Hop Heads

It was a hot summer’s day. I put on the Jimi Hendrix LP my brother & I had chipped in to buy. I was trying to play my flute along with the wild music of “Stone Free.”

After just one song, Dad came down to the den and told me to turn the volume down. It was up to 11! 

That guy is a genius but like every jazz musician, he’s a hophead. All great musicians get on drugs or become alcoholics.”

Why, Daddy?”

Their brains run too fast. They need drugs to cool themselves down. Like Poe took laudnum.”

If Hendrix is a genius, why can’t I listen to him? I’m trying to play along.”
I held up my silver Bundy. I aspired to become a first chair flautist in George J. Horan’s symphonic band.

You can play anything you put your mind to but don’t get on drugs like him.”

Dad went back upstairs to read the Washington Post. I thought about being born a genius musician or writer & getting addicted to drugs & alcohol. I was fifteen. I had never drunk a whole beer. Bob & I tasted leftover cocktails while cleaning up our parents’ party messes. But we both made horrible faces and wondered how the heck grown-ups could stand such putrid stuff.

So I went outside, wandered into the woods and played my flute as I strolled through the oaks, maples & summer flowers. Notes came to me from trees, sky and birds. I was lost in music. Stone Free. I needed no friends, nothing but my flute and Mother Nature.


When I was in 5th grade, we moved to a town. We kids hated living in towns—we preferred the countryside & wildwoods. While Dad mapped the Smoky Mountains, Dad, his survey party, wives & kids lived in park rangers’ stations. We played in clear creeks, undamming them so water could flow freely. We’d swim in the fresh water pools after our hard work. Bob dared me to swing on a thick vine across the “crick” on day. I did it! Yee-Ha!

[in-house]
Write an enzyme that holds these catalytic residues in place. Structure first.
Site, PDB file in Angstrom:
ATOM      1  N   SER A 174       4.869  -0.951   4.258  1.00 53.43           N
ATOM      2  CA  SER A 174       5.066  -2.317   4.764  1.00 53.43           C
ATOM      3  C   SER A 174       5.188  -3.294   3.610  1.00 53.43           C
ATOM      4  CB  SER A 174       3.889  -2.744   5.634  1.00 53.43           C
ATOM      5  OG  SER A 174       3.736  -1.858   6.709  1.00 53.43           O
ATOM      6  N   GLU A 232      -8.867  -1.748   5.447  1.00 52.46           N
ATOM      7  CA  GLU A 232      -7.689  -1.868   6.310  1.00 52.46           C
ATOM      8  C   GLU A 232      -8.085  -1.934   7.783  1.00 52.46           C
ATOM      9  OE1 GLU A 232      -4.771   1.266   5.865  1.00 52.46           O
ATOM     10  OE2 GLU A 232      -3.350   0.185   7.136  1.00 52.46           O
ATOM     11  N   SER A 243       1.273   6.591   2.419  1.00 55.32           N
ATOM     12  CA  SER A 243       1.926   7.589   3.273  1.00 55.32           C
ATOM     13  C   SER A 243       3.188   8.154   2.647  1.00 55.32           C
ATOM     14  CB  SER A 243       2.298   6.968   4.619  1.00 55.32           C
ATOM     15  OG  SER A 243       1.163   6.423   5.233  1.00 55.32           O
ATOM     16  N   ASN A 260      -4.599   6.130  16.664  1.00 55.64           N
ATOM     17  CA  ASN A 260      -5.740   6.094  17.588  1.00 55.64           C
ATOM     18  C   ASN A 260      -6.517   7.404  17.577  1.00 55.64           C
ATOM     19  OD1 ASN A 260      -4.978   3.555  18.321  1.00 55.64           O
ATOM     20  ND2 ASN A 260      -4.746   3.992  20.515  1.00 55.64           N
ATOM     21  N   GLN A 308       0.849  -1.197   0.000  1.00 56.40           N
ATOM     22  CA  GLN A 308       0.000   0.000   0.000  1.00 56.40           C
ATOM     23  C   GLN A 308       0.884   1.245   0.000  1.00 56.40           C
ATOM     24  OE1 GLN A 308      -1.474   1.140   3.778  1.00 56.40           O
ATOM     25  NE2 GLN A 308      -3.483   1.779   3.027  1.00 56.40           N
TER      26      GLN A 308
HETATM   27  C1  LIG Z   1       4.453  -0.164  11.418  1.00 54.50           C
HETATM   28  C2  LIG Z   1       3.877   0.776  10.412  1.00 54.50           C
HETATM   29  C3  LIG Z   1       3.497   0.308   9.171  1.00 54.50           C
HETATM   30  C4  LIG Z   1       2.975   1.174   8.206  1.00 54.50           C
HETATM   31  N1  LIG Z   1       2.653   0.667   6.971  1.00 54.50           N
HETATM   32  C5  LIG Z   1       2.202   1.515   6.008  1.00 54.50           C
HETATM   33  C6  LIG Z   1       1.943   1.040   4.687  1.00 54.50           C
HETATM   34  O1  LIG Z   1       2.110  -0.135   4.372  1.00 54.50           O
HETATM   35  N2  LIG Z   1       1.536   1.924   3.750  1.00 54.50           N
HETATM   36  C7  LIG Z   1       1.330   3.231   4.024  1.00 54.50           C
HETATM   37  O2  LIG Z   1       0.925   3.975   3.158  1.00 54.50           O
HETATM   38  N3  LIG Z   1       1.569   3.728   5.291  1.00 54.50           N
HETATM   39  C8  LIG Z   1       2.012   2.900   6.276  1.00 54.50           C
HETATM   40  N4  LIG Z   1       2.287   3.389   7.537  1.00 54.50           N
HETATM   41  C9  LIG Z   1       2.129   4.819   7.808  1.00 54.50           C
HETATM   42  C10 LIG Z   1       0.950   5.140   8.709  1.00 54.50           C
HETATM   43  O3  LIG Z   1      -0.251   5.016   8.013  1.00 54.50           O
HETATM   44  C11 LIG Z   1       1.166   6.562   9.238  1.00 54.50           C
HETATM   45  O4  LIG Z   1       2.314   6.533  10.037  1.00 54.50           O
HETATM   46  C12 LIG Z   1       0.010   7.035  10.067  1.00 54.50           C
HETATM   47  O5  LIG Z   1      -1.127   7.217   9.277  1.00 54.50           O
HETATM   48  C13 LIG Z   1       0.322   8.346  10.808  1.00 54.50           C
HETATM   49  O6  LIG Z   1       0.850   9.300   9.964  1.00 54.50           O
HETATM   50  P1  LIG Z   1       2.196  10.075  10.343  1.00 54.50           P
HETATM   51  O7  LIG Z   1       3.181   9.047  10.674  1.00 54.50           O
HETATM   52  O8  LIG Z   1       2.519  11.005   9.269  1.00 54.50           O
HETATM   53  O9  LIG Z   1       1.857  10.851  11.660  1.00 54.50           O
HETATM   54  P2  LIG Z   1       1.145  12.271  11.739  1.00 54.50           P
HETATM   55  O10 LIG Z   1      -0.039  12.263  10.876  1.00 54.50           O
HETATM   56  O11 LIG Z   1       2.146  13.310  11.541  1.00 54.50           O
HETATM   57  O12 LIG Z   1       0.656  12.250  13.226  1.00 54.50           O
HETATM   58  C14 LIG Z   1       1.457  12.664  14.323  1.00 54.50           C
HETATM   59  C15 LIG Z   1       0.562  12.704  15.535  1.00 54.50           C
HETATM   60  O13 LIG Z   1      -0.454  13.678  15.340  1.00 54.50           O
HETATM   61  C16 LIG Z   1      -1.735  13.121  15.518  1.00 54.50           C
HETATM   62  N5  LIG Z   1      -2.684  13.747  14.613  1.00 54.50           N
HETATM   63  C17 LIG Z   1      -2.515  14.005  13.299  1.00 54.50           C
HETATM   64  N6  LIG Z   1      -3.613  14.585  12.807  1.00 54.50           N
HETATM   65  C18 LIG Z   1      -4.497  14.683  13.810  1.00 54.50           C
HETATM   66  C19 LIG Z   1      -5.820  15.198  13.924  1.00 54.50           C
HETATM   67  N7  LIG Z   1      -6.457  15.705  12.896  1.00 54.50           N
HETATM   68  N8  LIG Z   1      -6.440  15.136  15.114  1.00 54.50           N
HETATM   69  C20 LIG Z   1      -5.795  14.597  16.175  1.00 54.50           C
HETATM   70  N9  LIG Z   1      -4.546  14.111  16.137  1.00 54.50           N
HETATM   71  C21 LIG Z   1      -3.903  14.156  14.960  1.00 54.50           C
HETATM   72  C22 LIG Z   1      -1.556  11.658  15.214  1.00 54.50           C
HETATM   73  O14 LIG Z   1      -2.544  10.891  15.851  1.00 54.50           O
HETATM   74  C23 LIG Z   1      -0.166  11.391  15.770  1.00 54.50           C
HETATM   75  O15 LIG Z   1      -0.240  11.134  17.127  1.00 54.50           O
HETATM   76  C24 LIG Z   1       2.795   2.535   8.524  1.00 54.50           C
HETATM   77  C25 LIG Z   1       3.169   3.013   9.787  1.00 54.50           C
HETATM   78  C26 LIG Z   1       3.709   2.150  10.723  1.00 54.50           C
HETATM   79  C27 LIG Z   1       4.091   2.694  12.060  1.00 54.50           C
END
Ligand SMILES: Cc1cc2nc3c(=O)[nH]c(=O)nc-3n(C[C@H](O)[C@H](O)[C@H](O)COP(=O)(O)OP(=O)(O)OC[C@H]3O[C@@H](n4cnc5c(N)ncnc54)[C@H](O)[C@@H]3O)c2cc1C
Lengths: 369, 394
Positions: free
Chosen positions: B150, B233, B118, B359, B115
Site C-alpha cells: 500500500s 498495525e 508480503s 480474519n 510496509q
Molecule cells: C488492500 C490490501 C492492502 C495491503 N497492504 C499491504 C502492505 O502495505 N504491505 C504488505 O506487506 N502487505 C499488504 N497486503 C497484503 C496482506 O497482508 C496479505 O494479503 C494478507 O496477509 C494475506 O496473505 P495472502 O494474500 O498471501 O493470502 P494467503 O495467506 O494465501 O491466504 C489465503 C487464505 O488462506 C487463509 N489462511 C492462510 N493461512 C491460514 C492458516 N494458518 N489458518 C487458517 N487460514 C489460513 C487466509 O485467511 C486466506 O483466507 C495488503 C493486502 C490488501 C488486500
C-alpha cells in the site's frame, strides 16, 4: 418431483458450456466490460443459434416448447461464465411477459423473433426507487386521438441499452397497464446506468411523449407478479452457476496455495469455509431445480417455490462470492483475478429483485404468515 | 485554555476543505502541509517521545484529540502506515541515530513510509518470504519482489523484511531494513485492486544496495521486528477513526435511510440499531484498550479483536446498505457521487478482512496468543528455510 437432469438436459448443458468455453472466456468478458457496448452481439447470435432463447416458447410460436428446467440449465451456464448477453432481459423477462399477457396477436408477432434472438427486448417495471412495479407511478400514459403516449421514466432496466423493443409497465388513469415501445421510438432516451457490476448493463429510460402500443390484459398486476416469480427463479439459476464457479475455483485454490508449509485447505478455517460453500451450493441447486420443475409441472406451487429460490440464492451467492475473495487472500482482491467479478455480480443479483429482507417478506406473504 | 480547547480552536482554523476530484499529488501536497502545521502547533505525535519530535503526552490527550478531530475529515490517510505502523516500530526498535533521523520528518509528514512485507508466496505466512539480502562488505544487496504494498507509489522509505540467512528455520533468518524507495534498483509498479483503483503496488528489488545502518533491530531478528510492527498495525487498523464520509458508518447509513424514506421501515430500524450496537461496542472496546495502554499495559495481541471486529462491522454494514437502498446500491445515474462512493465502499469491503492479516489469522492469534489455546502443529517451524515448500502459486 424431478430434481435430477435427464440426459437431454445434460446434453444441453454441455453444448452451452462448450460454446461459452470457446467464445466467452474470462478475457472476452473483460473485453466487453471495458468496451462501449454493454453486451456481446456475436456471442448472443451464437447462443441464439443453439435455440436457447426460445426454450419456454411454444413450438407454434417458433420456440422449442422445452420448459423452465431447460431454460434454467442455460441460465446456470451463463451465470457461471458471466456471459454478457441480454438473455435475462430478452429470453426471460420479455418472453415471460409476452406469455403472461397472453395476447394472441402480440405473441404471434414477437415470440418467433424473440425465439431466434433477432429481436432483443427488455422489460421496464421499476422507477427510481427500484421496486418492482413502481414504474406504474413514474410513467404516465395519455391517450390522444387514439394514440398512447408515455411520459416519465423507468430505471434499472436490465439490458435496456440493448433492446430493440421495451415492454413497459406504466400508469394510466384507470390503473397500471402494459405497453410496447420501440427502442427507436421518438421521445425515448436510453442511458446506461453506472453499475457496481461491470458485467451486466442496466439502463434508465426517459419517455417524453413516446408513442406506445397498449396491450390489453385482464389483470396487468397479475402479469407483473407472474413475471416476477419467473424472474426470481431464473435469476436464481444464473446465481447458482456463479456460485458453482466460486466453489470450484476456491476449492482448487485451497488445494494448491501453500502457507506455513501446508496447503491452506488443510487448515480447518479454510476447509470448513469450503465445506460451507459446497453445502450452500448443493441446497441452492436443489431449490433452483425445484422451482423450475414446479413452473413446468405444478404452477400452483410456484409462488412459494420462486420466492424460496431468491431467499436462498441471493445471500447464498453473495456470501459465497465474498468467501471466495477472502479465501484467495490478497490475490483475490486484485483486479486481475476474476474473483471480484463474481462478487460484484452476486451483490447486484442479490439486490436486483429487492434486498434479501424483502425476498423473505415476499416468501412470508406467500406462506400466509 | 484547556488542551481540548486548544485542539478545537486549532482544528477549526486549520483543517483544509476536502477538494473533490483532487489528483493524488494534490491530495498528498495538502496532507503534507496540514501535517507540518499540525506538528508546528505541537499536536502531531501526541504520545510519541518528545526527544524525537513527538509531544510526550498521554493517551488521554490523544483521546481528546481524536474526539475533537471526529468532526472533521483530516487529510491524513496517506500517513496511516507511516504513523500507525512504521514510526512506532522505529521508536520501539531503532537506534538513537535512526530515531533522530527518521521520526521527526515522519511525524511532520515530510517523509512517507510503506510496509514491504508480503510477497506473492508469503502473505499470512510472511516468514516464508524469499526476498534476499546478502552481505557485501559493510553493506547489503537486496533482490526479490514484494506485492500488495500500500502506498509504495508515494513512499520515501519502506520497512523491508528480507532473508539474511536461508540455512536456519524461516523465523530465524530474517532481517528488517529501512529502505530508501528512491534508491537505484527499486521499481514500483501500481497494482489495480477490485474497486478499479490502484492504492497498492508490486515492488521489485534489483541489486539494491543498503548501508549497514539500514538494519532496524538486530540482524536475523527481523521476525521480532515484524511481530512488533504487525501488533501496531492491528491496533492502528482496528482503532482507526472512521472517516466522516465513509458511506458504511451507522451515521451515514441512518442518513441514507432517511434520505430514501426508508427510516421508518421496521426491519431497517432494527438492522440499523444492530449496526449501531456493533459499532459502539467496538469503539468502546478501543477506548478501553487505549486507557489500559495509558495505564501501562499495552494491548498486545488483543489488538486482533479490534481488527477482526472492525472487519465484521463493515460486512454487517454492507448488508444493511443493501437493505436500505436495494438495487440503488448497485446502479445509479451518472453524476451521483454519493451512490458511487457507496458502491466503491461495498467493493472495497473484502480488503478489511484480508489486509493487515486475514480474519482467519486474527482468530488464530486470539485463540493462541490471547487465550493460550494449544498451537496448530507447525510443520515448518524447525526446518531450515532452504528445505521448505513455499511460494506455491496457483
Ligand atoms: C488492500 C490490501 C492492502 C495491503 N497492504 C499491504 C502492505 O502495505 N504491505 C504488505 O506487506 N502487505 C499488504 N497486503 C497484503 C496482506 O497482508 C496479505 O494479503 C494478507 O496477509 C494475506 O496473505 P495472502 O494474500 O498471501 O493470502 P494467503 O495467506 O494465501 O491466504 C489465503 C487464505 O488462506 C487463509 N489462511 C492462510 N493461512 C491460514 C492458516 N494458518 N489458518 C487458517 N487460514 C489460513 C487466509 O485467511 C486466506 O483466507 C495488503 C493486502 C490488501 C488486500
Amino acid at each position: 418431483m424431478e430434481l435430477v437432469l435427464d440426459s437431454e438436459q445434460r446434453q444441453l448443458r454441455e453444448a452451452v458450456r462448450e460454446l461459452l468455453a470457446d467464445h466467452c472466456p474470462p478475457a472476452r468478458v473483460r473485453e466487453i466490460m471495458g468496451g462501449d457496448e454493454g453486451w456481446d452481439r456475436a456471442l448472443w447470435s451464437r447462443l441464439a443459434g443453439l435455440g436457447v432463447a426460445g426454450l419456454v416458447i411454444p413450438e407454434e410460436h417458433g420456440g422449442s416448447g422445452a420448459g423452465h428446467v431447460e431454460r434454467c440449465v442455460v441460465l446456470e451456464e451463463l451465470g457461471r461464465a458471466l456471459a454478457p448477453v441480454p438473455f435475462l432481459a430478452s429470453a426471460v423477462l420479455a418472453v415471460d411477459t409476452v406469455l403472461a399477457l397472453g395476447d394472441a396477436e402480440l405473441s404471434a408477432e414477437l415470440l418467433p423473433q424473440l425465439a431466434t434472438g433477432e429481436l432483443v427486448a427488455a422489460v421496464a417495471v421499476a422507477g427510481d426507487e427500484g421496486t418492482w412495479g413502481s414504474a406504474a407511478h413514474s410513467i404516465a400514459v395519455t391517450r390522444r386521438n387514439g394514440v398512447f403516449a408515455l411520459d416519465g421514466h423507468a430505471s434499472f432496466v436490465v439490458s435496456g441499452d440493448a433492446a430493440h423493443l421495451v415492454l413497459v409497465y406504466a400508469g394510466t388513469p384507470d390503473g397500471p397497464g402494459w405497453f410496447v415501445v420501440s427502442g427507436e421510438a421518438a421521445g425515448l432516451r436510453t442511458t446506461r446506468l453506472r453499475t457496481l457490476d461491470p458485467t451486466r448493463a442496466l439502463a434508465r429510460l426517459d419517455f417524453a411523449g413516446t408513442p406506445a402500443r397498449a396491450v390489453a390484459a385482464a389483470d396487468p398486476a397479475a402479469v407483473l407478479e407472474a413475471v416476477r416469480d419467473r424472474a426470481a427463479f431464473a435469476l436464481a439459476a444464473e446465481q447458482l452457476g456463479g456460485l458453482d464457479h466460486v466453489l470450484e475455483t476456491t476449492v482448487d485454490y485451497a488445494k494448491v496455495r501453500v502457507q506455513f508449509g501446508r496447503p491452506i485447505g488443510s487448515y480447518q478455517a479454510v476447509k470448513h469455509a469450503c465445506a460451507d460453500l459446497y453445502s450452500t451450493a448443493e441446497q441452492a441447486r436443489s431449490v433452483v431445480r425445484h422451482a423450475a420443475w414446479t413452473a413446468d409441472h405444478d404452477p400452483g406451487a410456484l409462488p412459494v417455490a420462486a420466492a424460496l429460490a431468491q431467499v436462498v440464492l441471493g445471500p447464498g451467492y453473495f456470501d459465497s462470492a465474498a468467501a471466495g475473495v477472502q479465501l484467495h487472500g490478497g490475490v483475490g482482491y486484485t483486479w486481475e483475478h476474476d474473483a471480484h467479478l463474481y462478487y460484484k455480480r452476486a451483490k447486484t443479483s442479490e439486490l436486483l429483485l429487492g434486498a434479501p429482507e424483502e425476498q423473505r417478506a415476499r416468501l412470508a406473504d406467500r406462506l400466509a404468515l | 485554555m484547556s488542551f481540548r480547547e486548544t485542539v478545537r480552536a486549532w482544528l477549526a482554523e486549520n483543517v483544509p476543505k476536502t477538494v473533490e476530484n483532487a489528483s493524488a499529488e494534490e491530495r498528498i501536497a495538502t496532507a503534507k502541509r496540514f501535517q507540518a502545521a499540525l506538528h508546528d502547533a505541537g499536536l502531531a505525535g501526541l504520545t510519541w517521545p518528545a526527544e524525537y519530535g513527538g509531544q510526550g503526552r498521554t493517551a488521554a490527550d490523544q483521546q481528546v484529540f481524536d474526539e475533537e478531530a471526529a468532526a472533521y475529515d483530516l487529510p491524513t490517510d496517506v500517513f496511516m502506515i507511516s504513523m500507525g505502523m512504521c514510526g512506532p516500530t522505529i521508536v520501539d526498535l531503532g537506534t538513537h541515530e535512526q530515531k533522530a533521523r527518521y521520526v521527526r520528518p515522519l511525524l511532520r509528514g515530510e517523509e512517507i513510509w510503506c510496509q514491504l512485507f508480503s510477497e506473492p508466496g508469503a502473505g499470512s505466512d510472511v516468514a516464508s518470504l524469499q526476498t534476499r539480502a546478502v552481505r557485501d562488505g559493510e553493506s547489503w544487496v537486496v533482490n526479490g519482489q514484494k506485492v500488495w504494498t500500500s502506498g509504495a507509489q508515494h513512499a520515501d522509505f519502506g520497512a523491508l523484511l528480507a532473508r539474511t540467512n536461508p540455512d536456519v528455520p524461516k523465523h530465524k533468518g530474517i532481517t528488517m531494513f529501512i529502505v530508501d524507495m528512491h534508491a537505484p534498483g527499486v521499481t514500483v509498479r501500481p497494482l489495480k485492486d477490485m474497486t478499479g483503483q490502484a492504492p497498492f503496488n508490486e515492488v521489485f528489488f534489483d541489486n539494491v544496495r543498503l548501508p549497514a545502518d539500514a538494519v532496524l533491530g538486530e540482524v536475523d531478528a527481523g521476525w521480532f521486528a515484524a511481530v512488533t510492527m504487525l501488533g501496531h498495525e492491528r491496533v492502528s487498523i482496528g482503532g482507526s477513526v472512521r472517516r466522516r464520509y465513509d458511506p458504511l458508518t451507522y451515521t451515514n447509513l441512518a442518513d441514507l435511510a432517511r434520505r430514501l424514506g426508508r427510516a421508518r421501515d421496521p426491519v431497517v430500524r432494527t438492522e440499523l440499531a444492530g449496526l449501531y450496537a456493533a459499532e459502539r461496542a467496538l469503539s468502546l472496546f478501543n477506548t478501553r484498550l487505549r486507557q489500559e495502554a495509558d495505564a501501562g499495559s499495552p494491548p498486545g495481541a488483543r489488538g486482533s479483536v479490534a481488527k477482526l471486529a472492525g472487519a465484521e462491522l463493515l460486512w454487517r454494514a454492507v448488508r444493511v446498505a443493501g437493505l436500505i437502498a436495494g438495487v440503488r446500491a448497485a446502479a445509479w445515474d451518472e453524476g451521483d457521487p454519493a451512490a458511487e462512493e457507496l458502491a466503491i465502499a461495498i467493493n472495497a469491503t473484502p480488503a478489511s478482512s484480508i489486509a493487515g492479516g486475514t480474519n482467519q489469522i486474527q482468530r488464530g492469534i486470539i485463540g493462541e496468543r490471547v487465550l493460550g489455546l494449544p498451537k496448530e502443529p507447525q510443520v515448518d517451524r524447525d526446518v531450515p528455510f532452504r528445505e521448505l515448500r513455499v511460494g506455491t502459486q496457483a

Now we were in Boring Christiansburg, Virginia. Yuck! Kathi & Bob made friends immediately. Bob & his buddies played cops & robbers in back yards. Kathi & her friends played pick-up-sticks & other games that made no sense to me.

So Dad gave me a tiny brown diary. “You may never become a famous writer like Poe but some people just need to write.”

Dad had diaries from when he was young. Bob & I knew where he hid them, in a drawer under his neatly ironed (by me) handkerchiefs, next to his Colt .45. Whenever Mom & Dad went out to dinner & dancing, we’d rush to that drawer & read all about our father’s life in the 1920s, 30s & during World War II.

Dad diary movies

Our father wrote about cleaning, working in a steel mill (earning $20/day in the 30s!), peeling pears & cracking pecans for his mother, getting ready for college. His major lament was being far too skinny to get into the Air Corps during WWII (he ate 6 bananas a day for 4 weeks & still didn’t pass muster—so the Navy took him.) He also wrote about current events, including atomic power, the  threat of more war (after WWII) & the United Nations. His diaries were far more interesting than mine!

“Dad had Girlfriends before Mom!” Bob shouted one night. The baby-sitter was ignoring us, reading a book. Which was fine by us.

“So, lots of guys date.”

“But they’re in love! They kiss all the time. Bleagh.” Bob made a face.

Typical boy. I was far more mature at nine years old. Grown-ups do way more than kiss. I knew this from reading our mother’s Merck Manual &  studying transparent human body diagrams in the Encyclopedia. Mom had a nursing degree. She used medical terms for body parts. Penis, vagina–I hated those words. Human bodies looked weird, especially when you peeled back the transparencies to see into their guts! And that fetus in the uterus! I would NEVER get pregnant!

I began keeping a diary but most of my entries were dumb. Like “boring day” & I’d draw a long line through 5 or 6 days, indicating that entire time was no fun. Or I’d write “wish we could move back to Cosby! Tennessee is the BEST!”

diary age 15

Later, in high school, I started a scrapbook. I cut pictures out of Teen & Mad magazine then taped them into the pages of a spiral notebook. I wrote down my favorite songs.

I kept it all my life. One night in Boulder, Colorado when I was in my 30s, I was sleeping over at a girlfriend’s house. Alyson was a gifted actress. She did a great impression of Marilyn Monroe, performing at parties & corporate events. She was Hungarian & gorgeous. Our men were out working late—my husband Peter driving cab & then performing at Denver’s Comedy Club. We were drinking tequila & dancing to old soul songs on her hifi.

“Look what I brought!” I produced my 60s Scrapbook.
Alyson grabbed it, rapidly flipped through the pages.

Diva that she was, she fell onto the carpet, laughing so hard she wheezed.
“Dixie! Oh my GOD! I had a scrapbook (haha) exactly like this (haha!).”
Her laughter was infectious. We both cracked up as we paged through my crucial record of that decade.